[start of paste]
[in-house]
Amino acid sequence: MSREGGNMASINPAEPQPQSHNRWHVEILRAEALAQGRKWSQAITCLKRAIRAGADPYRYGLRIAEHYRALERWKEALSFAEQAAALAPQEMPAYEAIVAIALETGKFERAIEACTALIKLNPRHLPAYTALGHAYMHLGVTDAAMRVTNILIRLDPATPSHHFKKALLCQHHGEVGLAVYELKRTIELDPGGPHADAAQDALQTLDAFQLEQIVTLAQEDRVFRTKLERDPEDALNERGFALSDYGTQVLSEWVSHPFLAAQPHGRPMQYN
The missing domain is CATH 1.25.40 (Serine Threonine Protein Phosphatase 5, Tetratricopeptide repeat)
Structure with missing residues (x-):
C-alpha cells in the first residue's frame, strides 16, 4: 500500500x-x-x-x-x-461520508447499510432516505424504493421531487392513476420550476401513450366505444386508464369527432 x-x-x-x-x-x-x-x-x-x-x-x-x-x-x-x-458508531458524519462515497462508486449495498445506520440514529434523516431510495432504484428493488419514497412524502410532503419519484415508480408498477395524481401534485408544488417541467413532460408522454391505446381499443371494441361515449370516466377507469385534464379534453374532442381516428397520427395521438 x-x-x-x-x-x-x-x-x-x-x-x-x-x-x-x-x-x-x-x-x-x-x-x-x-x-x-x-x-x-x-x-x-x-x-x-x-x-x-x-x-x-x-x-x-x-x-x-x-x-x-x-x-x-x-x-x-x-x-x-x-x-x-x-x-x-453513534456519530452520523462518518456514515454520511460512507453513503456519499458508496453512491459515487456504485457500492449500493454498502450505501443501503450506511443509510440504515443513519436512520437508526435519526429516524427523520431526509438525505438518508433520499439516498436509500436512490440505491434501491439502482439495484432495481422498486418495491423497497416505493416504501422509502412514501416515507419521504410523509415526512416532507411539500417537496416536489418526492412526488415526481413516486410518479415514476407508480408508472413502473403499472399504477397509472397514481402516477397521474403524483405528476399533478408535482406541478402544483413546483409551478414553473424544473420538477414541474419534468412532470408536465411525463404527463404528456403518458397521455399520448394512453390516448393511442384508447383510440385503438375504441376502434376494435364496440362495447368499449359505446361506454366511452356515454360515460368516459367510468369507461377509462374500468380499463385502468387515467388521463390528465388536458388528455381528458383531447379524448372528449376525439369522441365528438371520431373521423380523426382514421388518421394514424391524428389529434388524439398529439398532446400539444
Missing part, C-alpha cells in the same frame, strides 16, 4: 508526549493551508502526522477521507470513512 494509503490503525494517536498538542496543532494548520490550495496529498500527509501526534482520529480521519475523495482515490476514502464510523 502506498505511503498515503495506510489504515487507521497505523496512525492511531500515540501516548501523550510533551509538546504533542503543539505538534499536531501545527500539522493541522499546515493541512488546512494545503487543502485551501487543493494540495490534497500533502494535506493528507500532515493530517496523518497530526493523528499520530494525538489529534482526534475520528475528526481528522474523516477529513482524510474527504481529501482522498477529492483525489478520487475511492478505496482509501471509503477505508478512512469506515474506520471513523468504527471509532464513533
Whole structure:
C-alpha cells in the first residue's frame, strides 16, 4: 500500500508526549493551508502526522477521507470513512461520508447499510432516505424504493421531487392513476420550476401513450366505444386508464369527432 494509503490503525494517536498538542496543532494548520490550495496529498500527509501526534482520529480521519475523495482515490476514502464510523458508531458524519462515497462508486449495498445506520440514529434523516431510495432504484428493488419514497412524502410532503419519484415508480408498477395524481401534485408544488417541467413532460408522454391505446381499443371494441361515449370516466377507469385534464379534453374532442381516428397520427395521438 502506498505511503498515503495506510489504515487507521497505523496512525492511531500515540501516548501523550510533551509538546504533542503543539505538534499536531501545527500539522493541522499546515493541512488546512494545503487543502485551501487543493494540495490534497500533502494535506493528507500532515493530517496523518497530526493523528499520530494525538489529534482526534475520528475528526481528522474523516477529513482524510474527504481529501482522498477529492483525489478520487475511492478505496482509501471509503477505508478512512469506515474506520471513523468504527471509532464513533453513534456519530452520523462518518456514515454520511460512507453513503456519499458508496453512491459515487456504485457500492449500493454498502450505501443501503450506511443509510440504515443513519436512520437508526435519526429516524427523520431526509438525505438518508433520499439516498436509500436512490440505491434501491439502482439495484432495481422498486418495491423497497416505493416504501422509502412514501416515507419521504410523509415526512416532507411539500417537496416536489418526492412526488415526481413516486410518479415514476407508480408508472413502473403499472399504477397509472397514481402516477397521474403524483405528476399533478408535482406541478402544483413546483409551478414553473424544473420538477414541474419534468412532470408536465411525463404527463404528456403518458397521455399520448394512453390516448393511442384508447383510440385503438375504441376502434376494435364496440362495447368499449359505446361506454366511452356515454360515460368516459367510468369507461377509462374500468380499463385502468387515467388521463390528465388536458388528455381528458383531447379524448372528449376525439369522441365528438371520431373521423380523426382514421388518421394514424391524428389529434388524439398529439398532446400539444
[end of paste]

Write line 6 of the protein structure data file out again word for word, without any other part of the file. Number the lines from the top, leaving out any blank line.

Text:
Missing part, C-alpha cells in the same frame, strides 16, 4: 508526549493551508502526522477521507470513512 494509503490503525494517536498538542496543532494548520490550495496529498500527509501526534482520529480521519475523495482515490476514502464510523 502506498505511503498515503495506510489504515487507521497505523496512525492511531500515540501516548501523550510533551509538546504533542503543539505538534499536531501545527500539522493541522499546515493541512488546512494545503487543502485551501487543493494540495490534497500533502494535506493528507500532515493530517496523518497530526493523528499520530494525538489529534482526534475520528475528526481528522474523516477529513482524510474527504481529501482522498477529492483525489478520487475511492478505496482509501471509503477505508478512512469506515474506520471513523468504527471509532464513533